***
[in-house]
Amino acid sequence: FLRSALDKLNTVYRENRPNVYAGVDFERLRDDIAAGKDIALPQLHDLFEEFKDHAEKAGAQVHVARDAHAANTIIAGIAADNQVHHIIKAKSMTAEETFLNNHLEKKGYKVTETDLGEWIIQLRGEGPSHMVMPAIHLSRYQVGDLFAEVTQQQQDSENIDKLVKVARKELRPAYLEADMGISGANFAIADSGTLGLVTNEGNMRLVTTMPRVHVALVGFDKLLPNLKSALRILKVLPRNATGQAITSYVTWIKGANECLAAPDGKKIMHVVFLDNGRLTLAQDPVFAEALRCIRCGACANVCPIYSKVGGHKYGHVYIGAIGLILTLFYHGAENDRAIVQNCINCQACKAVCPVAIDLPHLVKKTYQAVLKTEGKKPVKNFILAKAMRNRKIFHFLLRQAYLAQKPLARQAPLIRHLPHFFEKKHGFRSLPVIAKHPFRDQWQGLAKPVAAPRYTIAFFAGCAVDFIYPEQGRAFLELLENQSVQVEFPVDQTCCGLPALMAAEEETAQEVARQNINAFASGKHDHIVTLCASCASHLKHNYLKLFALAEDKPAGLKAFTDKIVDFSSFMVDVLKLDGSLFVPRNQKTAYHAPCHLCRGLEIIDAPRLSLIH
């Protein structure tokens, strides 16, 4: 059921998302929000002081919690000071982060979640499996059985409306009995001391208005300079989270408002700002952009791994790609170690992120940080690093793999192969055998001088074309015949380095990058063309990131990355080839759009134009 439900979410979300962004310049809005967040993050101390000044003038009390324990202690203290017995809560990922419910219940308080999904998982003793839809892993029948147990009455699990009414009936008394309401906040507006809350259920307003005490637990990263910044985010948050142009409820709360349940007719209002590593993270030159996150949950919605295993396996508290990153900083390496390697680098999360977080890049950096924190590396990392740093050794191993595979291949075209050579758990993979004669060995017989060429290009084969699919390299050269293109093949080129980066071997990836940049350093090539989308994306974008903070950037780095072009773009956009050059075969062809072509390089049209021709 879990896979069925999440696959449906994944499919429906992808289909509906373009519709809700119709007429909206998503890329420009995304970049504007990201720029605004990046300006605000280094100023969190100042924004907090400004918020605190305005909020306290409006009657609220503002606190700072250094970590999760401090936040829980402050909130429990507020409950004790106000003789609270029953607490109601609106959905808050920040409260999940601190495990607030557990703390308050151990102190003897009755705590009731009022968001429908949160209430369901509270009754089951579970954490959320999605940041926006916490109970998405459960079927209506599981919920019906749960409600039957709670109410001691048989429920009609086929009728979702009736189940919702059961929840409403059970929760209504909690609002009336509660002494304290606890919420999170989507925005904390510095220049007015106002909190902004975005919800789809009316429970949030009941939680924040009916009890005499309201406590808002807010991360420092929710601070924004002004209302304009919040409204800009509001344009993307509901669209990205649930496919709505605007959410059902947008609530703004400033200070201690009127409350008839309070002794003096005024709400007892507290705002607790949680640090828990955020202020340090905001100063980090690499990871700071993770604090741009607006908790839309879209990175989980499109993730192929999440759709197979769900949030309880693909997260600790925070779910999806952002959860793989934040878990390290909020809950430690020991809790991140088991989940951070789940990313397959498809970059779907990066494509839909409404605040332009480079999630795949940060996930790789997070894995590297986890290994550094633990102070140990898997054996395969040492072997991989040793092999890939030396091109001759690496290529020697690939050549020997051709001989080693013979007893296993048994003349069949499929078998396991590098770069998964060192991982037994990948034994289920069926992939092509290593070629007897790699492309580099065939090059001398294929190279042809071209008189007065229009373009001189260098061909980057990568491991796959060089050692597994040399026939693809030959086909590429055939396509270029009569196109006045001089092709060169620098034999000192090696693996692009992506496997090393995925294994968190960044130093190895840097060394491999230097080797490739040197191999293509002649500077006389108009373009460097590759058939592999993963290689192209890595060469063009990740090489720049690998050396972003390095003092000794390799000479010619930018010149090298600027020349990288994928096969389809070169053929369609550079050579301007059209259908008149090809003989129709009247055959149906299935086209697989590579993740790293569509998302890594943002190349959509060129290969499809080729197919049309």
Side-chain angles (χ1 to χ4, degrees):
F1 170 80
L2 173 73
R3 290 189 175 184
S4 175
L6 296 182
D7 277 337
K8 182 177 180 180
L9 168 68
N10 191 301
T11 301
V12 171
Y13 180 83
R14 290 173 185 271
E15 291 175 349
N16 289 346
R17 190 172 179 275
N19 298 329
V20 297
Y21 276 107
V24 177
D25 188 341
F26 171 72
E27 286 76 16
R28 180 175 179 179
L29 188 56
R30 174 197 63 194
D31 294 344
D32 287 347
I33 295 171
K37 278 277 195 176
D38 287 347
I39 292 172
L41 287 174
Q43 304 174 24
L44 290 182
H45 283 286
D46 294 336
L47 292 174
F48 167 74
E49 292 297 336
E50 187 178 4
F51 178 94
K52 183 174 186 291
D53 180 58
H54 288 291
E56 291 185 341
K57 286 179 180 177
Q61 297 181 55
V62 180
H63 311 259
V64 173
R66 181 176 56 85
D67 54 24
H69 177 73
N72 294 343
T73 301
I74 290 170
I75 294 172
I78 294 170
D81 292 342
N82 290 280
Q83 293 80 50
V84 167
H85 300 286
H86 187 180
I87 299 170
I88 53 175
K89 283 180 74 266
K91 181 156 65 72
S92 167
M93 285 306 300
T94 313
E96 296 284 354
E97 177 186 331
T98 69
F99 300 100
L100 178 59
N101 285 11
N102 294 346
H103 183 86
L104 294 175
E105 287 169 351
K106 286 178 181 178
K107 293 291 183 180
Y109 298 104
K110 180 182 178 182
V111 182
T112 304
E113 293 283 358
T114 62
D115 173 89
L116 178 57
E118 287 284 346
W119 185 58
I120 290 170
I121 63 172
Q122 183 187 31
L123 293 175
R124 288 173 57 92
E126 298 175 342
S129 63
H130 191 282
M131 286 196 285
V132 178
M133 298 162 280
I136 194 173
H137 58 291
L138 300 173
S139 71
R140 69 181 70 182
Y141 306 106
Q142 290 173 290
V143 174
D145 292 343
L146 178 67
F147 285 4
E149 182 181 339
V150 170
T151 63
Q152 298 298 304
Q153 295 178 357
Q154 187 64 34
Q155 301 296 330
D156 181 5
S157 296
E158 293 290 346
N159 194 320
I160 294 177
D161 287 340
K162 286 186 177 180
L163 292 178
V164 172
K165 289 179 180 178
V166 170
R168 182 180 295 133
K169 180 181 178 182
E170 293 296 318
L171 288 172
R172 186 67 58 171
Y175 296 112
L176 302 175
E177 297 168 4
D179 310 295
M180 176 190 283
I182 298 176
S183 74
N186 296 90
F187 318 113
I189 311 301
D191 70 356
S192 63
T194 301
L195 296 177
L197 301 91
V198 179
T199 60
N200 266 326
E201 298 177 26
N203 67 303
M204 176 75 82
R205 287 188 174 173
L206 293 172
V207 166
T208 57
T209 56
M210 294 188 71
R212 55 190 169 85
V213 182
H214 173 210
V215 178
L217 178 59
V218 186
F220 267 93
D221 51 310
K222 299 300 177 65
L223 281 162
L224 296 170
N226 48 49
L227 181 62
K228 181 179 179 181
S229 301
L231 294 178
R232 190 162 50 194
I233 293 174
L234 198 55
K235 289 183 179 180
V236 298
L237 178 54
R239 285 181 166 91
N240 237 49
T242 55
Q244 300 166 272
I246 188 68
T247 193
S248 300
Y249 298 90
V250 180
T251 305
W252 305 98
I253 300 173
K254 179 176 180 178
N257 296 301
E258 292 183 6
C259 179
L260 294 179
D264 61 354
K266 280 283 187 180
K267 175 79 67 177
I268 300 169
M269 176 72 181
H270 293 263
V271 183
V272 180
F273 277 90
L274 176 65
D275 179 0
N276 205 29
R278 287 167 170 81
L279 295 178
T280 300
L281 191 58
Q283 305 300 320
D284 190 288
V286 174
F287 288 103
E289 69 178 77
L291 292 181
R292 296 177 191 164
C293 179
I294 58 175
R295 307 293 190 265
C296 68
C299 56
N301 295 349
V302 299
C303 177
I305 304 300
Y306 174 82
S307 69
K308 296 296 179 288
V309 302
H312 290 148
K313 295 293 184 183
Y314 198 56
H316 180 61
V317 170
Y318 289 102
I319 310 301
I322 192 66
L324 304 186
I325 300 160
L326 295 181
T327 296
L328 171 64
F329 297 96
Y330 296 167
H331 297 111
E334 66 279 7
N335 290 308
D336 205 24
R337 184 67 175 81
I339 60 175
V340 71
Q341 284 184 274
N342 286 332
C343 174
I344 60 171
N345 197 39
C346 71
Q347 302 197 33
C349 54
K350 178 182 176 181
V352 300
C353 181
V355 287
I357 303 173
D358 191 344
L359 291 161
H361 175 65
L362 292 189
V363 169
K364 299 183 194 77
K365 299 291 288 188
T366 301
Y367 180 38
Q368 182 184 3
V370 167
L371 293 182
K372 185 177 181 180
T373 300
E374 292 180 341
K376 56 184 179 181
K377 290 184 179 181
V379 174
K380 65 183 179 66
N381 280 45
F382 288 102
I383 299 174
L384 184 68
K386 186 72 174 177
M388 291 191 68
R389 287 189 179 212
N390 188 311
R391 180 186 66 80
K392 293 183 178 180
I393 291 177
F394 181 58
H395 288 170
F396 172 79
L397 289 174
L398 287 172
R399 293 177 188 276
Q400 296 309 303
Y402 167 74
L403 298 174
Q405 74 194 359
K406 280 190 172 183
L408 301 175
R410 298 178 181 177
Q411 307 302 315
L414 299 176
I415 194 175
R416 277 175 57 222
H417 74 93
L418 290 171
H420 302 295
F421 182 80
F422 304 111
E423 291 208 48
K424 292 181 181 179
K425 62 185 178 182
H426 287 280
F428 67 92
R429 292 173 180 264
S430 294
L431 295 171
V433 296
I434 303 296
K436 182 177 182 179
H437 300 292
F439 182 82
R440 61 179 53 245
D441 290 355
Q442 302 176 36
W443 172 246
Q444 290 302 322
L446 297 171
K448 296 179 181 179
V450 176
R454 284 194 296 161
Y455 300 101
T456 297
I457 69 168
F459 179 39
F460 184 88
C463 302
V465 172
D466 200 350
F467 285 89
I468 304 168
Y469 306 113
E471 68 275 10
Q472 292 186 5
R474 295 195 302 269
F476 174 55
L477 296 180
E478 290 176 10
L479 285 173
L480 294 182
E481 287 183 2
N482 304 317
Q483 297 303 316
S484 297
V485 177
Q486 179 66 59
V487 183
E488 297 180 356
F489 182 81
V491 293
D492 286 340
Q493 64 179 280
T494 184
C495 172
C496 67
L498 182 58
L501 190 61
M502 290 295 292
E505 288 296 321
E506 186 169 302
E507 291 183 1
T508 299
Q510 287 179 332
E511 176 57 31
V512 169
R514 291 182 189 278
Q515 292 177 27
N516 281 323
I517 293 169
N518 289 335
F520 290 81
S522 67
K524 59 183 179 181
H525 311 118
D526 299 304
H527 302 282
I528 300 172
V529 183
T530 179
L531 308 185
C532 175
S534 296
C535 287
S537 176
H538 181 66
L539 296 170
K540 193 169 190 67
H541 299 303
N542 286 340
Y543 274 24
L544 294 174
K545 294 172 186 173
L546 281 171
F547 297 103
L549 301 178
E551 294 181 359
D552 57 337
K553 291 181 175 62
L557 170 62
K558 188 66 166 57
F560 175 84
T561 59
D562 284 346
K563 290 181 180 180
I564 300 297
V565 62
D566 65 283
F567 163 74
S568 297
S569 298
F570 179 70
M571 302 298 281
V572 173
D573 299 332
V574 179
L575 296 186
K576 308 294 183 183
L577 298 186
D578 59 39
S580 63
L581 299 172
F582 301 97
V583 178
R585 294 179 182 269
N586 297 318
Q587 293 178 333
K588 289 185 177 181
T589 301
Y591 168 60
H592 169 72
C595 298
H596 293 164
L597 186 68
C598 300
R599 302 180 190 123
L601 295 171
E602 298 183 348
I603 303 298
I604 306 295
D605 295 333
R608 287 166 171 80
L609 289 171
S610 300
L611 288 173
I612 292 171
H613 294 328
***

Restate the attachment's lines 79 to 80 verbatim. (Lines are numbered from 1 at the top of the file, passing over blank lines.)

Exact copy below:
T98 69
F99 300 100